In the London wilderness

How an episode of the worst in London’s transport gave me a traditional Jewish Passover experience.

On Monday my daughter and I were invited for to the first Passover Night at friends who live near Crofton Park, which for us requires a journey from the North of London to the South.

I have everything checked and planned. Take the 17.22 Thameslink on Platform A at St. Pancras, ride 8 stops arrive at Crofton Park at 17.53. I do not do trips with my daughter on trains frequent, all I get to experience with her is at best the  Overground system, which is owned by TfL. So to my great surprise, I am held at the ticket entrance after holding my Oyster against the scanner by a station operator.


“Sorry Sir, have you got a ticket for the child?”

“She is 8, she does not need one, she never needed one before!,” I reply

“No this is not a TFL train, you need to get a ticket for her!”

I surrender and go to the ticket office, the queue is gigantic, in front of the machine is but one man. I take my daughter’s hand and we march on to the machine.

The man in front of us types S…t….Al.. then deletes it, types again. He has a few options. Then he starts pulling his mobile out. He searches for his destination. It takes a minute or so and it is St. Alban City. He pays with coins but one of the coins falls through and requires some reinserting. Finally our turn. I type in Crofton Park, Single. There is no option for child fare. I think, “oh the option might come up later”, it doesn’t, I backtrack, start again. Nothing, main menu maybe there is a discount option or something, but it is not to be seen. I ask my daughter to start queuing again for the ticket clerk, whilst I try again with the machine but fail. There are still three people in front, but eventually, we get served.

The clerk confirms, yes I do need a ticket for the child and it costs £2.20.

Finally, we get through the ticket barriers with my child’s ticket, a triumph, but the train we needed has left about five minutes ago.

I try to check for the next train, but there is no mobile phone signal down here. However, there is Wifi. I get connected, but my smart phone tells me that “I am connected, but there is no signal!”

I decide to take any train that goes to Blackfriars, an interjunction and do the mobile phone checking there as it is outdoors. We board and do that without problems. It is 18.40 by now.


When we arrive I check for the next train to Crofton Park and departs in 24 minutes. OK, enough time to buy flowers outside. Will my daughter be able to get back in with her ticket? No, but the man at the gate says it is OK as long as I come back to him. I smile, somebody human at last. On the wayout, my daughter spots a Beauty and the Beast Magazine at a newsagent and asks me if she can have it. We agree to buy it after the flowers, which we find at a Sainsbury’s Mini Supermarket opposite the Station. Paying is slightly complicated because it is a machine, and it does not recognise the flowers on the loading area, but we manage in the end, rush back to the station, buy the magazine, find the operator who let us out, who is enticed at the sight of the flowers and allows us back into the station platform area.


We then wait for the 18.04 to Sevenoaks, whilst I text my friends that we will be late. When the train  arrives there are business people who already wait strategically to rush in and gather a seat when the train arrives. I tell my daughter to hurry and get a seat for herself. She fails as grown ups oversee her and push her to the side in their own hope for a seat. Being polite she holds back, only to have three people take the seats she chose. She turns to the other side and there is but one seat left, I tell my daughter to take it, and she does, eager to read her magazine. I end up standing.


I check for directions​ on my phone again and it tells me to take a later train. Ah, surely it is unable to figure, that I am on the right train already, I think. With the train full to the brink I have no sight of the announcement board inside and just hear each individual station being individually announced.

There is no Crofton Park coming up… My daughter finishes reading the entire magazine. Thank goodness we bought that, I think.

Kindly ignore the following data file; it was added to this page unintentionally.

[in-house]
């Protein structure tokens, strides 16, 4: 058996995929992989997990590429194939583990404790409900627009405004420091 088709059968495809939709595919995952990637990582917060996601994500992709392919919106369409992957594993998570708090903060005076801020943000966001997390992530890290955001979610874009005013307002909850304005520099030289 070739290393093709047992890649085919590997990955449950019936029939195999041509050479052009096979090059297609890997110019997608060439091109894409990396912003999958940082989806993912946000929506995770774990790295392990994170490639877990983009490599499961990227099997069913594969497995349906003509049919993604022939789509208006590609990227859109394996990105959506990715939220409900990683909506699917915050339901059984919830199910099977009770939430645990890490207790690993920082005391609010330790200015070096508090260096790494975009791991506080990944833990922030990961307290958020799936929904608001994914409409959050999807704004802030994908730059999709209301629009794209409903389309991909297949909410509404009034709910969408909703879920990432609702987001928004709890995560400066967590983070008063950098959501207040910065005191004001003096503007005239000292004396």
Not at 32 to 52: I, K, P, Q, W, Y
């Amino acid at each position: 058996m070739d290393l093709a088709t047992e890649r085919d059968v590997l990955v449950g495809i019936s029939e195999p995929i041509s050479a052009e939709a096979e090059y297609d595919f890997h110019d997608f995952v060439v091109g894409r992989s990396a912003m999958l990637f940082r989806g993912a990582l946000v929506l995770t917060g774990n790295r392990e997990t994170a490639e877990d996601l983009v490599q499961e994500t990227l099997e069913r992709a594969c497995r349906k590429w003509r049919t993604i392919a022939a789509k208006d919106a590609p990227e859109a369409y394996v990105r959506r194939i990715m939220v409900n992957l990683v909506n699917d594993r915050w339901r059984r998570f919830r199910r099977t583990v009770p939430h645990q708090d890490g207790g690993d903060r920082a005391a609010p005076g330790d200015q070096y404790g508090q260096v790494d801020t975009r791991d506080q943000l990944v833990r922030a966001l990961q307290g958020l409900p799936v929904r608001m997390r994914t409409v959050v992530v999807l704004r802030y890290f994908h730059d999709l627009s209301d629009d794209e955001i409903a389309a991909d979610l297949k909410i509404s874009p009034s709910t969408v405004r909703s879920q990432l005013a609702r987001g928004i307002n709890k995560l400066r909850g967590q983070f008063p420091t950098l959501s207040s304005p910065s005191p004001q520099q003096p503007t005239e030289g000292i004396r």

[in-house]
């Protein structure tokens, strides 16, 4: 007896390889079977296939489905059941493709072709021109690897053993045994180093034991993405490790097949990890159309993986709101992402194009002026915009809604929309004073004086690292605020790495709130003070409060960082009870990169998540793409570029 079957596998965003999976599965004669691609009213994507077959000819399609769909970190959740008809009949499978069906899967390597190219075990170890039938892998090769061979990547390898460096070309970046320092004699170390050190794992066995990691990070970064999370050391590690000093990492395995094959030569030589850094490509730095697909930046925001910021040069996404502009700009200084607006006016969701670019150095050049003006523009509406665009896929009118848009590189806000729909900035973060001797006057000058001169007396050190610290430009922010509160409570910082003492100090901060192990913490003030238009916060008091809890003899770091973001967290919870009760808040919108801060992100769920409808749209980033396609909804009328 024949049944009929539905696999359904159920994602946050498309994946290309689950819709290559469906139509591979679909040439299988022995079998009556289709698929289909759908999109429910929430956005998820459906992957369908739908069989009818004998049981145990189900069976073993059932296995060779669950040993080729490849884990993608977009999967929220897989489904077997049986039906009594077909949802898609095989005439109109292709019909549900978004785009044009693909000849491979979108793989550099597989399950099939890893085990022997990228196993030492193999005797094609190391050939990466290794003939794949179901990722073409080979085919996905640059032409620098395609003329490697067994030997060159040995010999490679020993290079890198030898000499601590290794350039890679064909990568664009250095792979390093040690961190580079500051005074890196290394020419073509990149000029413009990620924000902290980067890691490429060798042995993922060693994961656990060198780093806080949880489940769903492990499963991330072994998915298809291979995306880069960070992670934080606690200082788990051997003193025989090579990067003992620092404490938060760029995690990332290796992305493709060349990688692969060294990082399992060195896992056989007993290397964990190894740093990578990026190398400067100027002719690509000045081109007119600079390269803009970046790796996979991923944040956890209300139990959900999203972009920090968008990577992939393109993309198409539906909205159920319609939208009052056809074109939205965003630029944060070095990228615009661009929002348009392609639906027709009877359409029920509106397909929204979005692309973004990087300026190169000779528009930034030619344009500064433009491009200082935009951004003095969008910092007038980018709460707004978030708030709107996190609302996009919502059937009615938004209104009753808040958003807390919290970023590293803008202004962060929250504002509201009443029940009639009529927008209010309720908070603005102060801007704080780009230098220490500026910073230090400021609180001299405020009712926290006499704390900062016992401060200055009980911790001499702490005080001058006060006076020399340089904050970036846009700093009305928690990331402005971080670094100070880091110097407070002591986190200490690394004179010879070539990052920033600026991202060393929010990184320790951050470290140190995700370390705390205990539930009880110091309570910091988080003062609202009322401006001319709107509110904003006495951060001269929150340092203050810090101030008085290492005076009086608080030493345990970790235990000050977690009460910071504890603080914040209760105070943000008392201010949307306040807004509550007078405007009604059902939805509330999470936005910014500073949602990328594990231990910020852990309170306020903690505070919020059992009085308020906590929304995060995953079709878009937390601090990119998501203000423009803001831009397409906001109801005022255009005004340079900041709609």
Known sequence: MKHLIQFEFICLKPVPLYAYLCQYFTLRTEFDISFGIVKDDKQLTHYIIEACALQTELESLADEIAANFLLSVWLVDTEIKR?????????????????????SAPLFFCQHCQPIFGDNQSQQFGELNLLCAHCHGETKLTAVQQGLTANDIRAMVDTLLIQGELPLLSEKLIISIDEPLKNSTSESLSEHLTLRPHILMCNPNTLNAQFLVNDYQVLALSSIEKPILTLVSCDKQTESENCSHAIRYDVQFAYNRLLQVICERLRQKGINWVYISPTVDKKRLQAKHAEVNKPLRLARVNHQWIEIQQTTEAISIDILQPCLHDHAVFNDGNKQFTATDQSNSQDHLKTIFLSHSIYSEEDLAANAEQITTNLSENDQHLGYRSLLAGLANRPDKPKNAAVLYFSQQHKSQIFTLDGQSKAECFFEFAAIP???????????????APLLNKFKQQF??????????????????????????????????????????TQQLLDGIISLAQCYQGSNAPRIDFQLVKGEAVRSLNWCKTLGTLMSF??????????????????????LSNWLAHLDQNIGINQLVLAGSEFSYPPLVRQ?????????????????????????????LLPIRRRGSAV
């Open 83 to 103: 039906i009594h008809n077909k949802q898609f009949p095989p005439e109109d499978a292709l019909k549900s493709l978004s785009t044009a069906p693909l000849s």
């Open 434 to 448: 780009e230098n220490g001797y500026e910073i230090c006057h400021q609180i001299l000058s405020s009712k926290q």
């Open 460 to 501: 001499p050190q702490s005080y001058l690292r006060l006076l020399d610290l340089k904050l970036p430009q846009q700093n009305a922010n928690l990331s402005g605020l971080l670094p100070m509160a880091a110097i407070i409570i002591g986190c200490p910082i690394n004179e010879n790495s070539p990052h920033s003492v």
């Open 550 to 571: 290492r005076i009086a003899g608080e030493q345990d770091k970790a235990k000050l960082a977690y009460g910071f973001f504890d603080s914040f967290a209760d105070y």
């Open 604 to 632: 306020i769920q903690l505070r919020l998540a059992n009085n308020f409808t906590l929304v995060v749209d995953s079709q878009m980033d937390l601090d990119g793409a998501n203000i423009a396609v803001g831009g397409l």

The Train eventually stops in Beckenham Junction. “Dad, everyone is getting off, are we getting off?” I answer her no, as I  realise,  she is right. “OK, looks like we need to get off after all, but I do not know what is wrong with the train!?”


What now? Why did the train stop and where are we? I consult my phone again for the route to Crofton Park  and it comes up with a disappointingly complicated plan that involves two more trains. I ask a station operator, he confirms, we should take the next train to Shortlands, and then make our way back from there on another train to Crofton Park.

There is a train coming now on platform three. We rush to platform three, and are in Shortlands 5 minutes later, and looking at the time, we are now very late, I decide it is time for a taxi.


We leave the station and I look for a minicab station. There is none in sight on either side. So I think, not to worry, I order one from the phone, which however informs me now that, my battery has 15% charge left. Got to be quick now before the battery empties.


I try the service Gett first, which finds and orders black cabs, because I have a discount voucher. But after I typed in the destination no one picks up the job, and I can not see schema participating cabs in the area on the phone’s monitor. It seems this is an area where you do not want to hang out for business as a cabbie. 

Never mind, I figure, let’s try Uber instead. I type the destination in and get to payment. Unfortunately, the credit card details are old, so I try to update them, typing in my card details and all, but after typing in my post code it refuses to accept the card. After trying trice more, checking every detail, I give up. “Let’s take that train back to Crofton Park.” I tell my daughter, who is by now understandably somewhat anxious and holds my hand firmly.


I text my friends what’s happening and we take the train back to London that stops at Crofton Park at about 19.15 and we arrive in another ten minutes at my friends.


I am still not quite sure how we ended up in Beckenham Junction. It seems though that when we were at Blackfriars, thinking we board the correct train, we failed to realise that we actually boarded a late arriving train that was sandwiched in before the train actually wanted. Maybe though, I was by that time just bewildered and got it wrong? I am not too sure, and I won’t go and call the train operators, nor Gett and Uber (how long would that take?) to find out what the problem was in each case. I am sure however, I will ask others next time, to confirm to me, if this train goes where I wish to go and before boarding it, rather than just relying on what I think it is. For sure, there were problems also with the taxi Apps, and TfL could negotiate the London-wide free child travel also to be applied with national train operators like Southern Rail who cruise through London. But annoying though it was, somebody allowed me with a passing comment at the dinner to make sense of it all.